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14 Oct 2022 | RMS

Forest commons for multiple benefits: Restoration of degraded land and revival of springs in Uttarakhand, India

Dinesh Prasad Raturi, Santosh Paudel & Erica Udas

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The lush green forest of Manar Van Panchayat almost two decades since the first restoration activities started. Photo: Kuldeep Saratkar

Manar is a village located in Champawat, a district in the state of Uttarakhand in India. Here, over the past one and a half decades, a women-led group, the Manar Van Panchayat, has restored 11.6 hectares of degraded forest land.

By promoting climate-resilient agriculture and silvopasture – a land use practice that integrates the conservation of trees with grazing management, the group’s efforts have rejuvenated the forest and increased biodiversity. Consequently, these efforts have enhanced groundwater recharge and spring water flow for benefits that extend beyond Manar.

Manar’s Van Panchayat members are part of the legacy of the women-led ‘Chipko movement’,  which started in rural Uttarakhand in the 1970s.

In 2004 and 2005, when the Van Panchayat first started its forest restoration activities, the group used tree branches to fence the forest. The branches were obtained by clearing and lopping off existing trees to regulate open grazing. Later, the Van Panchayat members planted pandans (Pandanus amaryllifolius) and wild roses (Rosa acicularis), which have grown into thriving protective hedges that guard seedlings, saplings, and grasses from grazing by domestic animals.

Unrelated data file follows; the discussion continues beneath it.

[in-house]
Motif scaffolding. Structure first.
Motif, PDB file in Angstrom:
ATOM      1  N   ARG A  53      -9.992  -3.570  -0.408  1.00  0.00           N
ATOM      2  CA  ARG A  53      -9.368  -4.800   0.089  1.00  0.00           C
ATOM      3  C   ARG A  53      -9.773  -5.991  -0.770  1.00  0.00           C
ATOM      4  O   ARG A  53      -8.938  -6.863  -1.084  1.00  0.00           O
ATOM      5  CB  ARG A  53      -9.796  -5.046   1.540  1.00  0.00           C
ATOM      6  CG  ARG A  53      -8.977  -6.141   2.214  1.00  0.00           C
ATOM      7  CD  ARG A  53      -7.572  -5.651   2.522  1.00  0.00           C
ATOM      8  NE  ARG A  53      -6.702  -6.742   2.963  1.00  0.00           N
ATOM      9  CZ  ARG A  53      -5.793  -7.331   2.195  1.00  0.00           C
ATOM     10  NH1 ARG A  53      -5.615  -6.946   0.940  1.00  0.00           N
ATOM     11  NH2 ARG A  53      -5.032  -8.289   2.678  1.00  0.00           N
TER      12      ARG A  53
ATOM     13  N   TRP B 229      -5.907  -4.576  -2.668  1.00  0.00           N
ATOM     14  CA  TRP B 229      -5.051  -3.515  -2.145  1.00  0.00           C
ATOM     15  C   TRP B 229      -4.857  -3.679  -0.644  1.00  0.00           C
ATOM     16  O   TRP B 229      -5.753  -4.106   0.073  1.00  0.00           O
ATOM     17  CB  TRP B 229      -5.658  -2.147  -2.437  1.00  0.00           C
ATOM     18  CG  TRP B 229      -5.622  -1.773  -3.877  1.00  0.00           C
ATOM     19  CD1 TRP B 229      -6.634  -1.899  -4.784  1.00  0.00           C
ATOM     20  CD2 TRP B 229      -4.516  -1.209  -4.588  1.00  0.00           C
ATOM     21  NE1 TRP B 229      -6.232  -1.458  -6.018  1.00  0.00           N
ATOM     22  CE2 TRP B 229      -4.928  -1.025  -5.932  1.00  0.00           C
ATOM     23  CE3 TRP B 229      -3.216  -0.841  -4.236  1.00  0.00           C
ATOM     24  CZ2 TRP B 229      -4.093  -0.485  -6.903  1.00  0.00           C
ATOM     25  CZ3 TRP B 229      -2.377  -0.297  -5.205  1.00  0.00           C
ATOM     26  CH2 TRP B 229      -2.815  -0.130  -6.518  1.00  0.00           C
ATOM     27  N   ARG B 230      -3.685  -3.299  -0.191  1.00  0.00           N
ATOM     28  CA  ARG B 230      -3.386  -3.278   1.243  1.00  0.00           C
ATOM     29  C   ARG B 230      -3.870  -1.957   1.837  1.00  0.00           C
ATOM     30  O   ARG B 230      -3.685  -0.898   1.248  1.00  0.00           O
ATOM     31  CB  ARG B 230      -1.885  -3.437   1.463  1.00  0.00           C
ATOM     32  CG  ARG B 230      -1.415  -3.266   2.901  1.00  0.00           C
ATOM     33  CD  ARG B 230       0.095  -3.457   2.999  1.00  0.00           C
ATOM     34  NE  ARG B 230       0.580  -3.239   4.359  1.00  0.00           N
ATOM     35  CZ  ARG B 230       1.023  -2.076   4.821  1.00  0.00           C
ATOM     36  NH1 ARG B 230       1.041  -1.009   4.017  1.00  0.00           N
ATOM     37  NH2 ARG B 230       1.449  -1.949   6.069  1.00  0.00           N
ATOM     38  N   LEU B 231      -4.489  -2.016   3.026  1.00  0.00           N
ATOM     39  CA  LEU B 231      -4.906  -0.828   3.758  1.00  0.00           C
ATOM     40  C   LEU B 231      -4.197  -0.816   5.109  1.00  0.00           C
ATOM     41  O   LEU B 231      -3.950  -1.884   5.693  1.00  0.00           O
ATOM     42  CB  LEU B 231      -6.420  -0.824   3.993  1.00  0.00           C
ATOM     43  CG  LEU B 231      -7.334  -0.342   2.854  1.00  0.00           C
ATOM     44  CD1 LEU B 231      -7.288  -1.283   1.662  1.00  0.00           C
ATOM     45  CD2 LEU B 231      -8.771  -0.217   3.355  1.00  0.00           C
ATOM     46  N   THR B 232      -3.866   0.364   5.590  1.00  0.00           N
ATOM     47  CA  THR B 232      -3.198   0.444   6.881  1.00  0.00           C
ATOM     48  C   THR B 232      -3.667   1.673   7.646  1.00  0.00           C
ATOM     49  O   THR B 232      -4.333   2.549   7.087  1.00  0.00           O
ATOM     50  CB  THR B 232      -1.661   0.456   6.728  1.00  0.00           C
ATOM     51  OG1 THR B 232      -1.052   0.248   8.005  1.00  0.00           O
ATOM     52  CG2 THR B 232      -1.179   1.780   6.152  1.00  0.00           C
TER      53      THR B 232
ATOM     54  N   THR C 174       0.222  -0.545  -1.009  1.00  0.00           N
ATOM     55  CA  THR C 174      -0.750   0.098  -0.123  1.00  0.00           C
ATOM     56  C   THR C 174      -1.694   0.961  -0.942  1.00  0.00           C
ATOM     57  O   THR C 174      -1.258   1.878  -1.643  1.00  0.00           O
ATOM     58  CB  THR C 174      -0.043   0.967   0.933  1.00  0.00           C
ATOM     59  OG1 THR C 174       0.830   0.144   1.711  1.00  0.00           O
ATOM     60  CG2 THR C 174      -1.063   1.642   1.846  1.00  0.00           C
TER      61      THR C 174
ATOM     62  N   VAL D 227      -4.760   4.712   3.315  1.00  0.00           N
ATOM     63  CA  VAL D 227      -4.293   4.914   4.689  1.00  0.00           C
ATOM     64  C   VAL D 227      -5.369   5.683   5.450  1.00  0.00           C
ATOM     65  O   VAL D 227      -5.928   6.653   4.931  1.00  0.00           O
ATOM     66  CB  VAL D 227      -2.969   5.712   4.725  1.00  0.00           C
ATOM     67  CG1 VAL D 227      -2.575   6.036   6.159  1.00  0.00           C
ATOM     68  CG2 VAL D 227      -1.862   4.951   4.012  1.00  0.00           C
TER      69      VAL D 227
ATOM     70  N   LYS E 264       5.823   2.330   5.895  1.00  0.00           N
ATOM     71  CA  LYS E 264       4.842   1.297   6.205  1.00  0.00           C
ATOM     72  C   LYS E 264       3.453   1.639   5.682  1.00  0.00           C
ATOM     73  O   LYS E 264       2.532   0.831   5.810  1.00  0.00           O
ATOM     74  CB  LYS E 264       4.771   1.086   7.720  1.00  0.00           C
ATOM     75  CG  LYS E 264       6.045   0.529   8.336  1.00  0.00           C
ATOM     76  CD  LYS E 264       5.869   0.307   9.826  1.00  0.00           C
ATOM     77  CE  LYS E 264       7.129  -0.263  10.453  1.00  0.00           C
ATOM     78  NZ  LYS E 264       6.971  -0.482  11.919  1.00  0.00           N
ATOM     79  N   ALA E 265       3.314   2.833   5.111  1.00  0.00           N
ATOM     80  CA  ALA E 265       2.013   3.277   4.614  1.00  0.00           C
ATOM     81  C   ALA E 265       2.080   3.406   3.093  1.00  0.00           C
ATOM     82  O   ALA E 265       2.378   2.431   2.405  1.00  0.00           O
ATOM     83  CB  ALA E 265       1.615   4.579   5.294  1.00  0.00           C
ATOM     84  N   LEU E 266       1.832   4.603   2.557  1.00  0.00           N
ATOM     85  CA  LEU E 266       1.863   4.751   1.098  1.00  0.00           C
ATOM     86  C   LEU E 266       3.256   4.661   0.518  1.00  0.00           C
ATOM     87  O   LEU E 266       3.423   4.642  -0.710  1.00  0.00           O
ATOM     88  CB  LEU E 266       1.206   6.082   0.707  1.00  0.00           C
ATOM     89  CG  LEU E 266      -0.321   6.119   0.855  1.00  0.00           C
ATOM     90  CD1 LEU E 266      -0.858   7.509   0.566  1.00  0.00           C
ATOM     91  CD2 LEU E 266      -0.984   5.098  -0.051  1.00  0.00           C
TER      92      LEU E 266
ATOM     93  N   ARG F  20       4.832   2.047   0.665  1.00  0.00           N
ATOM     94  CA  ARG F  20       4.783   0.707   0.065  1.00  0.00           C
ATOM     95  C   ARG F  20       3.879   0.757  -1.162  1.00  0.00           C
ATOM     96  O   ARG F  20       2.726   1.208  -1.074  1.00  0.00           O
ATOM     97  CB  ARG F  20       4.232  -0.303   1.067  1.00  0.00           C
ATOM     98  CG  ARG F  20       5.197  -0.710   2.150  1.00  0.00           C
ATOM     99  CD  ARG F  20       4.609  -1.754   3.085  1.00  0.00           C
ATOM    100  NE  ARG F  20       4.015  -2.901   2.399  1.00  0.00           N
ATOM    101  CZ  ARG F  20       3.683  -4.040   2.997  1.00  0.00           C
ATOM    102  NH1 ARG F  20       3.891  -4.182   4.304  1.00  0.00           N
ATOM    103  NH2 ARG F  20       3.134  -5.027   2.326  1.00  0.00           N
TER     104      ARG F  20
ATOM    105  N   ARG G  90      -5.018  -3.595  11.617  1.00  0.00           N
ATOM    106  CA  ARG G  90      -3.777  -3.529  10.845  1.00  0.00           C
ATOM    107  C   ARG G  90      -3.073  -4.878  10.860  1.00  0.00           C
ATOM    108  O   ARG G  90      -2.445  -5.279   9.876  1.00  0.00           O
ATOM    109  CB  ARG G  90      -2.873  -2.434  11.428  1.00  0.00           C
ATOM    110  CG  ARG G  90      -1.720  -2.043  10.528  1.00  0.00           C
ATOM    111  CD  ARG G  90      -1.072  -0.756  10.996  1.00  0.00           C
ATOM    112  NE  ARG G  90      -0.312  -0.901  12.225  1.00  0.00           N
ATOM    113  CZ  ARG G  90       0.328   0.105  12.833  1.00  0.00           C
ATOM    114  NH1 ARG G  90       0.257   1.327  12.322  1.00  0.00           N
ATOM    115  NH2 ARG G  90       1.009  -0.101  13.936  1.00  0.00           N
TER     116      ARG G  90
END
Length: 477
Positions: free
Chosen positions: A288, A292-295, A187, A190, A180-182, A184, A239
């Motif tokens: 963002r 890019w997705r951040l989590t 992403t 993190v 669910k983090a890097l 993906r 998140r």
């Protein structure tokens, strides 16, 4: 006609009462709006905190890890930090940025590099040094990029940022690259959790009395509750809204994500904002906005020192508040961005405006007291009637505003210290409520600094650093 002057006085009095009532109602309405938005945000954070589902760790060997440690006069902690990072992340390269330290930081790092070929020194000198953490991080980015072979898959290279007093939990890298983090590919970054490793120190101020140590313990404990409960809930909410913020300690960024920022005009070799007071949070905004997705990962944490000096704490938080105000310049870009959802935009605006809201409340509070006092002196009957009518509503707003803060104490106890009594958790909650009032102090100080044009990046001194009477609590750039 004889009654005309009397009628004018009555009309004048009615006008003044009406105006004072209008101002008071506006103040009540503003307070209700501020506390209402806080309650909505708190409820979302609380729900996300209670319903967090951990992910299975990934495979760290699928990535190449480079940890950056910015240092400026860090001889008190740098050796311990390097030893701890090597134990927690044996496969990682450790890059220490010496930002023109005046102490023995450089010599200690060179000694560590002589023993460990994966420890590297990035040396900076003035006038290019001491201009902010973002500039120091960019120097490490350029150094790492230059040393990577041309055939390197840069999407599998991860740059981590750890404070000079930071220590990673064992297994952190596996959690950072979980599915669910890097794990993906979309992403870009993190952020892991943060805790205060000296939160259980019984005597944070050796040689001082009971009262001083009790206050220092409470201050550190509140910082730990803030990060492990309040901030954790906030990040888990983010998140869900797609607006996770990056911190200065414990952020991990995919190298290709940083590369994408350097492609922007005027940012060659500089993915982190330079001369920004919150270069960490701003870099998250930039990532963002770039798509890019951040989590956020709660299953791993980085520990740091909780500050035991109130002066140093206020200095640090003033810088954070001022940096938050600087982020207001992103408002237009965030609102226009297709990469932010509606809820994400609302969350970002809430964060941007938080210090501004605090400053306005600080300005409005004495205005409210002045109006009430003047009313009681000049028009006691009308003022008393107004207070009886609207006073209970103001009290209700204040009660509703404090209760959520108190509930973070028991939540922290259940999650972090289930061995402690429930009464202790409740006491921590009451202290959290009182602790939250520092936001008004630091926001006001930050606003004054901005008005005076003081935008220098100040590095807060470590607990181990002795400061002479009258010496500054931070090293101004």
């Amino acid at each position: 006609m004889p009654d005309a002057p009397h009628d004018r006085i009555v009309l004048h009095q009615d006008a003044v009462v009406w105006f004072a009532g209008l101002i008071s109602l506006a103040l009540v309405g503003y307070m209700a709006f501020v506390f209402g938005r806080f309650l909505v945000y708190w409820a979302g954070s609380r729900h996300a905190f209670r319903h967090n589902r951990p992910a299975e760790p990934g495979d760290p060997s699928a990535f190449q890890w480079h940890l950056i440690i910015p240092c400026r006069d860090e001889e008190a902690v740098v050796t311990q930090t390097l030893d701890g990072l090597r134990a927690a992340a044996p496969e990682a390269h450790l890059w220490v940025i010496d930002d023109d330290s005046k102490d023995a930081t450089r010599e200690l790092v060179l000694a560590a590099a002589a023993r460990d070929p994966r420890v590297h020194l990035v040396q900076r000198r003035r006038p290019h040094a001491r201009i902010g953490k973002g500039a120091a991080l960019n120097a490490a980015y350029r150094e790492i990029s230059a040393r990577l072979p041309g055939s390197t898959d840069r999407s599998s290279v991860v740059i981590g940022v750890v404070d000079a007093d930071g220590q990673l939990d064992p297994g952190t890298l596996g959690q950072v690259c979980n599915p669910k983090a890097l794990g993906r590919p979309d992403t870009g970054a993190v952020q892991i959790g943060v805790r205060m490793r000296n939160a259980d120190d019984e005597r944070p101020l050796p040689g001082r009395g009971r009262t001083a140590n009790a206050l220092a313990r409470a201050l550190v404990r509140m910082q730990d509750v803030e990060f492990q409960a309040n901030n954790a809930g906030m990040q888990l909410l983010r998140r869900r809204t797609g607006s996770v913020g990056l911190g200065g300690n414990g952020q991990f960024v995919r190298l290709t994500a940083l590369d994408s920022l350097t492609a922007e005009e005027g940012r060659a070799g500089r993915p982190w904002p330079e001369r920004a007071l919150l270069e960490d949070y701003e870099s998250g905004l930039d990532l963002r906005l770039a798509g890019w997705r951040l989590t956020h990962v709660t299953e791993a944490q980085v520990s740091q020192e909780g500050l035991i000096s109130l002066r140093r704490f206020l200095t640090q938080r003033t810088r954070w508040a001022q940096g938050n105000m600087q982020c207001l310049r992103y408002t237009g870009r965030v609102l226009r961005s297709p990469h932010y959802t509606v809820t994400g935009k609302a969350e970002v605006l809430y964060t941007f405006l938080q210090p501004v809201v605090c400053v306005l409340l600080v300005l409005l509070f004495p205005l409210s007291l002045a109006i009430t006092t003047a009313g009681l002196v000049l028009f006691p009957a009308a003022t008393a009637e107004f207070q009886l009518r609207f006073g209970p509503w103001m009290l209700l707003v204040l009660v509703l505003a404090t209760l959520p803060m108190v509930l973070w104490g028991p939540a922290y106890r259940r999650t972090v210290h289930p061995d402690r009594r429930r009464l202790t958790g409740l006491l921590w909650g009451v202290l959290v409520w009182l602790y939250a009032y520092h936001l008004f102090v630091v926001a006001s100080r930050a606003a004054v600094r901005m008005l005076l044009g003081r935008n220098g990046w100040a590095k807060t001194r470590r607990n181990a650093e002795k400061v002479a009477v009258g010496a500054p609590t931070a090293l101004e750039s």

They also removed weeds and invasive species like Lantana camara from the forest to create space for Napier grass (Pennisetum purpureum), ryegrass (Lolium perenne), and broom grass (Thysanolaena latifolia) to grow. Importantly, the removal of invasive species has allowed native fodder trees, including species such as baanj (Quercus leucotrichophora), kharsu (Quercus semecarpifolia), and kadam (Neolamarckia cadamba) to flourish. Other community members were trained to prepare forest nurseries to encourage growth of indigenous and native tree species. As a forest management practice, villagers also regularly followed silvocultural practices such as weeding, pruning, manuring, and thinning of trees.